Although they face the prospect of living more years in retirement than men, women nearing retirement underestimate how much they will need to pay for their future health care costs even more so than men nearing retirement, according to a Nationwide Financial survey.
According to the survey conducted by Harris Interactive of 1,250 Americans with at least $250,000 in household assets, women close to retirement estimate they will spend $4,624 each year on health care beyond what Medicare covers. That’s 21 percent less than the $5,882 that men nearing retirement estimate they will spend each year on things like premiums, copayments and deductibles.
However, both are way off. A 2012 study found that a 65-year-old couple retiring today would need $240,000 to cover his medical expenses in his retirement years-- and that doesn’t include long-term-care costs.
“The fact is women live longer than men, which means they will spend more time in retirement and that places women at a greater risk of outliving their retirement assets,” says John Carter, president of sales and distribution for Nationwide Financial. “It also may increase their chances of incurring long-term care costs during their golden years. That’s why it’s especially important for women to plan for health care costs in retirement.”
According to the survey, nearly half of both women and men say they are “terrified” of what health-care costs may do to their retirement plans. Yet, women respondents nearing retirement are much more likely than male respondents to say they have not estimated:
- How much they will spend each year in retirement on things like premiums, copayments and deductibles (41 percent vs. 27 percent men)
- How much income in retirement they will have from things like Social Security, retirement accounts, or pensions (21 percent vs. 12 percent men)
On average, women estimate that Medicare will cover 65 percent of their annual health-care costs. But similar to male respondents, when asked how they came to this percentage, 85 percent either guessed or did not know. Only 2 percent said they were told this by a financial advisor.
Women are also slightly more likely than men to say they are somewhat not confident to not at all confident in their plans for living comfortably in their retirement years (46 percent vs. 39 percent men).
Opportunity for advisors
While 65 percent of women have discussed their retirement with a financial advisor, of those who have, only one in 10 talked about how much they should expect to pay in health-care costs apart from Medicare (compared to one in four men).
Of those who have discussed retirement with a financial advisor, 77 percent of women say they were helpful to very helpful in estimating health-care costs in retirement (63 percent men), and a whopping 86 percent say they were helpful to very helpful discussing the role Medicare will play in their retirement (52 percent men).
According to the survey, more than half (56 percent) of women say it is very to extremely important that they educate themselves about Medicare when planning for retirement, and 43 percent of women say they plan to discuss health-care costs beyond those covered by Medicare with their financial advisor.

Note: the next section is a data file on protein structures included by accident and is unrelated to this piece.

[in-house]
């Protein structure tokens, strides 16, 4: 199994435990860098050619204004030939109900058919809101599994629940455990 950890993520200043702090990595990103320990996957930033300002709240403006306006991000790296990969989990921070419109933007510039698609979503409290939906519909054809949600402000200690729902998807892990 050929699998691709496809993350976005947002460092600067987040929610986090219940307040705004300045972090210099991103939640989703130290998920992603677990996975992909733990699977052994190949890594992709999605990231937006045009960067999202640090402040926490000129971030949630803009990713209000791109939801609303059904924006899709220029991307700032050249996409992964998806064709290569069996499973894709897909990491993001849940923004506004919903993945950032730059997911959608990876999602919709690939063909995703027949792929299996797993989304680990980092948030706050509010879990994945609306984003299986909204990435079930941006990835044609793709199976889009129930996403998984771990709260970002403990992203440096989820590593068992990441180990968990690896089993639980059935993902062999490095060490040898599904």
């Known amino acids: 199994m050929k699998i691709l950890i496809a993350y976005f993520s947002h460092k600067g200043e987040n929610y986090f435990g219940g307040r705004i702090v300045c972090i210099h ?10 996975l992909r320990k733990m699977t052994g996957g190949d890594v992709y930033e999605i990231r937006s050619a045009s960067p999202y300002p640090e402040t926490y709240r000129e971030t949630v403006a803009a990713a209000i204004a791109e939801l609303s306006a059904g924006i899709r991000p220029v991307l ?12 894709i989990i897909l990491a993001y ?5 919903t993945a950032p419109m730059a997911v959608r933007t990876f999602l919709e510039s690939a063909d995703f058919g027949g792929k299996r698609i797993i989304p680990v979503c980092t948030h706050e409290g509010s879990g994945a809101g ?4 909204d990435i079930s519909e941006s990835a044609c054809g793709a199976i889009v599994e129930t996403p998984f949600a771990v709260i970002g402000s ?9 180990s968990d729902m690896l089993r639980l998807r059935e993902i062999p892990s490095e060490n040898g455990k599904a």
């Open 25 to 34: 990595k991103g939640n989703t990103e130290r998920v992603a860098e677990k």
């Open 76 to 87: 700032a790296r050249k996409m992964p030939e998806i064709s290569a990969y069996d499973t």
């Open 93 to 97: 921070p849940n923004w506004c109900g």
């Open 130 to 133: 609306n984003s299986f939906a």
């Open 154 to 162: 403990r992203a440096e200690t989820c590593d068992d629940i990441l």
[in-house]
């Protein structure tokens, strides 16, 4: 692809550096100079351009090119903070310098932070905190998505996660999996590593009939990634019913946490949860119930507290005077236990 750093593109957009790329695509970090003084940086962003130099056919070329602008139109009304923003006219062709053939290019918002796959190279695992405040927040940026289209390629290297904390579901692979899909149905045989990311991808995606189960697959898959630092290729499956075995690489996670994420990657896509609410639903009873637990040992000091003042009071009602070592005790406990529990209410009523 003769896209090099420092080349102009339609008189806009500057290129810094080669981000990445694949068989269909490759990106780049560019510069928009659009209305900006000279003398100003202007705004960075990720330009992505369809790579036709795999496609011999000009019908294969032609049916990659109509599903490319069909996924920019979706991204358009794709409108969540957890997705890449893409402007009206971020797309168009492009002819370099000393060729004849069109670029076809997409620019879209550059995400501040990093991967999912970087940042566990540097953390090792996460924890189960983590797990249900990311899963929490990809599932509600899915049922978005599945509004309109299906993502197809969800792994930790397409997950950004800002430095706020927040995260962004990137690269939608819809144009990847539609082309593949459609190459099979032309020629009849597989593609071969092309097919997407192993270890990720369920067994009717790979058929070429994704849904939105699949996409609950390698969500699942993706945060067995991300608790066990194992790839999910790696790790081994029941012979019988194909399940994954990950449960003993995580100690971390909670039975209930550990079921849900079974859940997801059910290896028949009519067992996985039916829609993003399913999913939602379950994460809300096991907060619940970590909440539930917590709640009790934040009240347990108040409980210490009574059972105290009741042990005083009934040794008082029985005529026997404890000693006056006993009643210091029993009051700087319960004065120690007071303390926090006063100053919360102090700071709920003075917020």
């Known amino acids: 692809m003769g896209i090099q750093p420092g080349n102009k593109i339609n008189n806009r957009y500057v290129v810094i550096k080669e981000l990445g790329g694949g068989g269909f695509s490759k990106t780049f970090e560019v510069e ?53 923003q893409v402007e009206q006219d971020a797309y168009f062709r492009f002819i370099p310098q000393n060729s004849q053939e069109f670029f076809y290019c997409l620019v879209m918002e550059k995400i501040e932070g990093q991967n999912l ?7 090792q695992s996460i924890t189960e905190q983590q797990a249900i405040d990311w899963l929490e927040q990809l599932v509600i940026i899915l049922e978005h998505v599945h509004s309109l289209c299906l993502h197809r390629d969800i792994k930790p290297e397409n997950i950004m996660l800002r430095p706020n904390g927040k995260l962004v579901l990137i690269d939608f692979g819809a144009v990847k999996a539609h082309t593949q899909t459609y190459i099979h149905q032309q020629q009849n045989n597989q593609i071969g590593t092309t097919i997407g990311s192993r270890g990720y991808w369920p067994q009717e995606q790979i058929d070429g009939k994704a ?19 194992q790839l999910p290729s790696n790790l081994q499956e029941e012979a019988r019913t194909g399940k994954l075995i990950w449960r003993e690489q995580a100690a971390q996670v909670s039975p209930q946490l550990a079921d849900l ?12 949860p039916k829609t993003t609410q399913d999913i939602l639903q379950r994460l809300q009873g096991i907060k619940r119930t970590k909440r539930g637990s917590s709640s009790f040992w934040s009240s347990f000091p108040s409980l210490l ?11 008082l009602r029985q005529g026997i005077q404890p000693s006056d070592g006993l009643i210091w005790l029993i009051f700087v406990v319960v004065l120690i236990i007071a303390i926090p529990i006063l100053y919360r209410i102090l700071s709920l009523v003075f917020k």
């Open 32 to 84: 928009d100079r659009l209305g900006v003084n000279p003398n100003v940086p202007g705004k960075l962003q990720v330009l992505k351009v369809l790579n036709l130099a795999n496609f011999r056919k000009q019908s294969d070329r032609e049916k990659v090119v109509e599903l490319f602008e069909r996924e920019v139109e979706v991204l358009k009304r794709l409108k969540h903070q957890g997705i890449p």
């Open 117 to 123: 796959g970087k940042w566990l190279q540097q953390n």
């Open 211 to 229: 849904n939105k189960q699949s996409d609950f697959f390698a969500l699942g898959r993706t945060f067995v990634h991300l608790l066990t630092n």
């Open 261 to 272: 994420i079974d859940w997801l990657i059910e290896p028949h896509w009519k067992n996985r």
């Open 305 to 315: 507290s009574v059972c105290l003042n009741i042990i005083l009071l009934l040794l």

“The good news is women want to have these discussions, and financial advisors can play a major role in helping women plan for and live in retirement by discussing the role Medicare will play in their retirement and helping them estimate health-care costs in retirement,” Carter says.
Challenges women face
Women face several challenges, including:
- They live longer. Women live an average of five years more than men and are 10 times as likely to reach age 85.
- They earn less. Women have gained ground in the workplace, but they still earn less than their male counterparts. According to 2010 Census Bureau statistics, a woman makes, on average, 77 cents to every dollar a man makes.
- They are caregivers. It is estimated that 75 percent of unpaid caretakers in the U.S. are women, and if a spouse is not available, the caretaker usually becomes the daughter or daughter-in-law. And according to the Women’s Institute for a Secure Retirement, women typically work 12 years fewer than men over their lifetime to care for children and other family members.
“While out of the workforce, women are not able to build their pension benefits, pay into Social Security or contribute money to an employer’s 401(k) or other retirement plans, all of which can negatively affect retirement savings and income,” says Shawn Britt, director of the advanced consulting group for Nationwide Financial.
The sacrifice women make for their families at the expense of their health and finances does not come cheaply. A survey by AARP reports more than 60 percent of female caregivers made career sacrifices that included reducing work hours, passing up promotions, or quitting their job to accommodate their care-giving responsibilities.
“Women need to understand the risk they face when being thrust into the role of a caregiver, the cared-for, or both,” Britt says. “This risk can take a physical and mental toll and also have a catastrophic financial impact. Families need to be aware of what they will face if they do not plan ahead for this risk both emotionally and financially.”
Women as the cared-for
Women also face challenges as the one left behind and most likely to need care. For a woman age 75 or older, there is about a 70 percent chance that she will be widowed, divorced or never married, while only 30 percent of men are alone for those reasons.
“This not only leaves a woman without a spouse to care for her, but may leave her more dependent on family members both financially and to provide care,” says Britt. She adds that women also represent 75 percent of residents in assisted-living communities and 80 percent of nursing-home residents.
To see the entire survey, visit www.nationwide.com/healthcare.
By Ayo Mseka